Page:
• Submit hard copy of your program. If possible, do that in this LATEX document
using the listings package. This is a particularly useful part of the homework for
cs students.
(b) Improve your solution to the previous problem so that your program both finds the gcd
of its input values and also finds the coefficients for a linear integral combination of the
inputs that produces the gcd.
I’d still rather your function do no printing, but that’s harder to arrange now that there
are three integer outputs rather than just one. Do that if you can, but if you can’t don’t
worry.
(c) If you can, write both programs so that they run in constant space. In particular, no
recursive calls, since that would create a logarithmic number of stack frames.
This is easier for the first program than the second.
5. Calculate
54100 (mod 101)
using the fast Right-to-left binary method described at http://en.wikipedia.org/
wiki/Modular_exponentiation.
Use a calculator along the way.
If you don’t like the wikipedia discussion you can find lots of others by googling fast modular exponentiation.
This is the computation I botched at the end of lecture.
Note: you should get 1 as the answer – that’s Fermat’s Little Theorem.
6. Large primes.
Note: you can look up the answers to almost all these questions. In fact I’ve asked you to do
that for the last few. I’d rather you didn’t at the beginning – you’ll learn more that way.
(a) Prove
Theorem 1. If 2n − 1 is prime then n is prime.
Hint: If n = ab is not prime then 2n = (2a )b . Then use a finite geometric series.
Primes of this form are called “Mersenne primes”. The first few are 3 = 22 −1, 7 = 23 −1,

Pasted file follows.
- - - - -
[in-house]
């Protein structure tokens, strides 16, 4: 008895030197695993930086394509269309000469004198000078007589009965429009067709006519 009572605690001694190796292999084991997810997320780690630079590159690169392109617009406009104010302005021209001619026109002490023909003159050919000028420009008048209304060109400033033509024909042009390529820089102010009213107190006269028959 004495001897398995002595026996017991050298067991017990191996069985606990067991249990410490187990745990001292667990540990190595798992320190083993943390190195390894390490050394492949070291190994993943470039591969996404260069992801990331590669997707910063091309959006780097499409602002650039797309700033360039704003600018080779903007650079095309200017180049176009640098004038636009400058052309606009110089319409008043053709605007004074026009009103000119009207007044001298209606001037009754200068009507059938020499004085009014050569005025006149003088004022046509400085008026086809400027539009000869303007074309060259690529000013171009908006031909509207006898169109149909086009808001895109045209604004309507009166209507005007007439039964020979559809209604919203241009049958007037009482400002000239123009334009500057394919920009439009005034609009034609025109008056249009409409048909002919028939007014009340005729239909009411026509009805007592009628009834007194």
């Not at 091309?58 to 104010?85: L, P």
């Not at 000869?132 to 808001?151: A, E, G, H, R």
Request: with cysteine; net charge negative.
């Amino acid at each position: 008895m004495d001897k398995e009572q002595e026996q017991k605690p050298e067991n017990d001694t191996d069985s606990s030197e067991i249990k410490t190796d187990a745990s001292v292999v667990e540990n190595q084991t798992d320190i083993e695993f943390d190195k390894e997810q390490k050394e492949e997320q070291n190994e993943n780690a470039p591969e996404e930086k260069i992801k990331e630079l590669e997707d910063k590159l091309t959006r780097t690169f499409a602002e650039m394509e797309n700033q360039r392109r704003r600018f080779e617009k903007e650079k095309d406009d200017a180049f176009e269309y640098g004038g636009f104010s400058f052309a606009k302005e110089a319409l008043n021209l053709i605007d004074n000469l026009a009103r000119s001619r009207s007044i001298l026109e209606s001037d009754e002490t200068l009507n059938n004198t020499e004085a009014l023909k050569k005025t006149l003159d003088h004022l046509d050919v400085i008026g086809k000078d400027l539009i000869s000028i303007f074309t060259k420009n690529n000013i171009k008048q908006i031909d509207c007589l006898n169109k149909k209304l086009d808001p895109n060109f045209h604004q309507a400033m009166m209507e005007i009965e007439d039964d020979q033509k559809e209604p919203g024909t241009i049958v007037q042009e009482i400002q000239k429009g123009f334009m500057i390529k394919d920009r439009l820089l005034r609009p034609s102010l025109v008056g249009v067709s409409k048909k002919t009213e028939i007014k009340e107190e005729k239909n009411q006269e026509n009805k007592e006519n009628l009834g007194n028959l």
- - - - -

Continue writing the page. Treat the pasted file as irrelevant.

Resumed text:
31 = 25 − 1 and 127 = 27 − 1.
(b) State the converse of Theorem 1. Then show that it is false.
Hint. Try to continue the list above in the obvious way.
(c) Look up some information about how the largest known prime has increased over time.
Argue from the data that the logarithm of the logarithm of the largest known prime is
growing. That means the largest known prime is growing much faster than exponentially!
at http://www.mersenne.org/. Tell me something you found particularly interesting
(not just something from the first page).
7. Show that 2340 ≡ 1 mod 341 even though 341 is not prime. What is the connection between
this result and the converse of Fermat’s Little Theorem?
8. Eratosthenes’ RSA public key is
n = 10967535067
e = 1051
Archimedes encrypts his message with this key and sends Eratosthenes
C = 1963501580
(a) Break the encryption. (Use any tools you like; tell me how you did it.)
(b) Why is the message appropriate?
(c) What is each of these Greeks famous for?
% Math 320 hw3
%
\documentclass{article}
\pagestyle{empty}
\usepackage[textheight=10in]{geometry}
\usepackage{amsmath}
\usepackage{amsthm}
\usepackage{listings}
\usepackage{graphicx}
\usepackage{verbatim}
\usepackage{hyperref}
\newtheorem{theorem}{Theorem}
\newcommand{\coursehome}
{http://www.cs.umb.edu/~eb/320}
\title{Discrete Mathematics \\
Homework 3
}
\author{Ethan Bolker}
%\date{September 1, 2014}
\newcommand{\ZZ}{\mathbb{Z}}
%create (mod n) macro
\newcommand{\mm}[1]{%
\ensuremath{(\text{mod } #1)}}
\begin{document}
\maketitle
\noindent
Due: ???